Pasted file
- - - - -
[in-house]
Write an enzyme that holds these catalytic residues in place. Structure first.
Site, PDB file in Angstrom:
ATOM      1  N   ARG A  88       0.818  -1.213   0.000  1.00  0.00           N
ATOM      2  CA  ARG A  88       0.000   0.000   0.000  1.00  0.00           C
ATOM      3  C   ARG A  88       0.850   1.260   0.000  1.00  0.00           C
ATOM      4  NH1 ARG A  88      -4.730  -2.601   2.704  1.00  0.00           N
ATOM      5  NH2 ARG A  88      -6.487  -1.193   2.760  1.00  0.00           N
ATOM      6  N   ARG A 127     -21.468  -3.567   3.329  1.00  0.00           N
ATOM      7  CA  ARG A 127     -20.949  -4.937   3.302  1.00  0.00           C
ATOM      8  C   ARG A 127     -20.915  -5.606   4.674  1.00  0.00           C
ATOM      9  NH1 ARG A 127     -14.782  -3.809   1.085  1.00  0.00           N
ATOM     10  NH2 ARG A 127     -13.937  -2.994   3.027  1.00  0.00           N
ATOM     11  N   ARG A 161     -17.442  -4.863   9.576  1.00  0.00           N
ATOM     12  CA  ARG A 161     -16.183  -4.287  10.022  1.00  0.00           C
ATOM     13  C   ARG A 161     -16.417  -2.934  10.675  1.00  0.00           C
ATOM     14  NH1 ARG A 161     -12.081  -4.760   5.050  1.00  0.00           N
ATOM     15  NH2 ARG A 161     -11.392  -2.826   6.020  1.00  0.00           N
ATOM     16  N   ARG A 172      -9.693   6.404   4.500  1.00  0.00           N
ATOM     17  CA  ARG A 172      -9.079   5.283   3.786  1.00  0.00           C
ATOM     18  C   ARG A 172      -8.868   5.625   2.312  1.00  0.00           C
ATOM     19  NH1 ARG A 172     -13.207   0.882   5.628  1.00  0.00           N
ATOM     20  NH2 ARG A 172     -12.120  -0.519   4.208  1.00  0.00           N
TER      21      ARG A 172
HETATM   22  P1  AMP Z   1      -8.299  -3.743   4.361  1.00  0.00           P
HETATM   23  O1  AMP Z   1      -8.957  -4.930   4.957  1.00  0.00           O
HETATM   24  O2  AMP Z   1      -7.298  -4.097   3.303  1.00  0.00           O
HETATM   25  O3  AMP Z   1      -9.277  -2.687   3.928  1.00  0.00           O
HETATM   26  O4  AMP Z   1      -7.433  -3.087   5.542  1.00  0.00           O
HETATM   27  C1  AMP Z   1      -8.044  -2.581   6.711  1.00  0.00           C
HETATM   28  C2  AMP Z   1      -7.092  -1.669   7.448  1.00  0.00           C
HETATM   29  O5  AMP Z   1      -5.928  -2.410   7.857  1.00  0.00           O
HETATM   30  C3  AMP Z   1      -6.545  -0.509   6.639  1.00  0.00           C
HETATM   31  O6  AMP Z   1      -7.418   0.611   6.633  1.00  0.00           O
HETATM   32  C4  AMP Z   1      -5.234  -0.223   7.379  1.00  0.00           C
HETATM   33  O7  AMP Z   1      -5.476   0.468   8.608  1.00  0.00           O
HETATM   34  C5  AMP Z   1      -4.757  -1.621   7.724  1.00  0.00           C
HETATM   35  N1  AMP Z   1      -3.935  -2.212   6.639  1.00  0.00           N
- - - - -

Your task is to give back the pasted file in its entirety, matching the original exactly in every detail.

[in-house]
Write an enzyme that holds these catalytic residues in place. Structure first.
Site, PDB file in Angstrom:
ATOM      1  N   ARG A  88       0.818  -1.213   0.000  1.00  0.00           N
ATOM      2  CA  ARG A  88       0.000   0.000   0.000  1.00  0.00           C
ATOM      3  C   ARG A  88       0.850   1.260   0.000  1.00  0.00           C
ATOM      4  NH1 ARG A  88      -4.730  -2.601   2.704  1.00  0.00           N
ATOM      5  NH2 ARG A  88      -6.487  -1.193   2.760  1.00  0.00           N
ATOM      6  N   ARG A 127     -21.468  -3.567   3.329  1.00  0.00           N
ATOM      7  CA  ARG A 127     -20.949  -4.937   3.302  1.00  0.00           C
ATOM      8  C   ARG A 127     -20.915  -5.606   4.674  1.00  0.00           C
ATOM      9  NH1 ARG A 127     -14.782  -3.809   1.085  1.00  0.00           N
ATOM     10  NH2 ARG A 127     -13.937  -2.994   3.027  1.00  0.00           N
ATOM     11  N   ARG A 161     -17.442  -4.863   9.576  1.00  0.00           N
ATOM     12  CA  ARG A 161     -16.183  -4.287  10.022  1.00  0.00           C
ATOM     13  C   ARG A 161     -16.417  -2.934  10.675  1.00  0.00           C
ATOM     14  NH1 ARG A 161     -12.081  -4.760   5.050  1.00  0.00           N
ATOM     15  NH2 ARG A 161     -11.392  -2.826   6.020  1.00  0.00           N
ATOM     16  N   ARG A 172      -9.693   6.404   4.500  1.00  0.00           N
ATOM     17  CA  ARG A 172      -9.079   5.283   3.786  1.00  0.00           C
ATOM     18  C   ARG A 172      -8.868   5.625   2.312  1.00  0.00           C
ATOM     19  NH1 ARG A 172     -13.207   0.882   5.628  1.00  0.00           N
ATOM     20  NH2 ARG A 172     -12.120  -0.519   4.208  1.00  0.00           N
TER      21      ARG A 172
HETATM   22  P1  AMP Z   1      -8.299  -3.743   4.361  1.00  0.00           P
HETATM   23  O1  AMP Z   1      -8.957  -4.930   4.957  1.00  0.00           O
HETATM   24  O2  AMP Z   1      -7.298  -4.097   3.303  1.00  0.00           O
HETATM   25  O3  AMP Z   1      -9.277  -2.687   3.928  1.00  0.00           O
HETATM   26  O4  AMP Z   1      -7.433  -3.087   5.542  1.00  0.00           O
HETATM   27  C1  AMP Z   1      -8.044  -2.581   6.711  1.00  0.00           C
HETATM   28  C2  AMP Z   1      -7.092  -1.669   7.448  1.00  0.00           C
HETATM   29  O5  AMP Z   1      -5.928  -2.410   7.857  1.00  0.00           O
HETATM   30  C3  AMP Z   1      -6.545  -0.509   6.639  1.00  0.00           C
HETATM   31  O6  AMP Z   1      -7.418   0.611   6.633  1.00  0.00           O
HETATM   32  C4  AMP Z   1      -5.234  -0.223   7.379  1.00  0.00           C
HETATM   33  O7  AMP Z   1      -5.476   0.468   8.608  1.00  0.00           O
HETATM   34  C5  AMP Z   1      -4.757  -1.621   7.724  1.00  0.00           C
HETATM   35  N1  AMP Z   1      -3.935  -2.212   6.639  1.00  0.00           N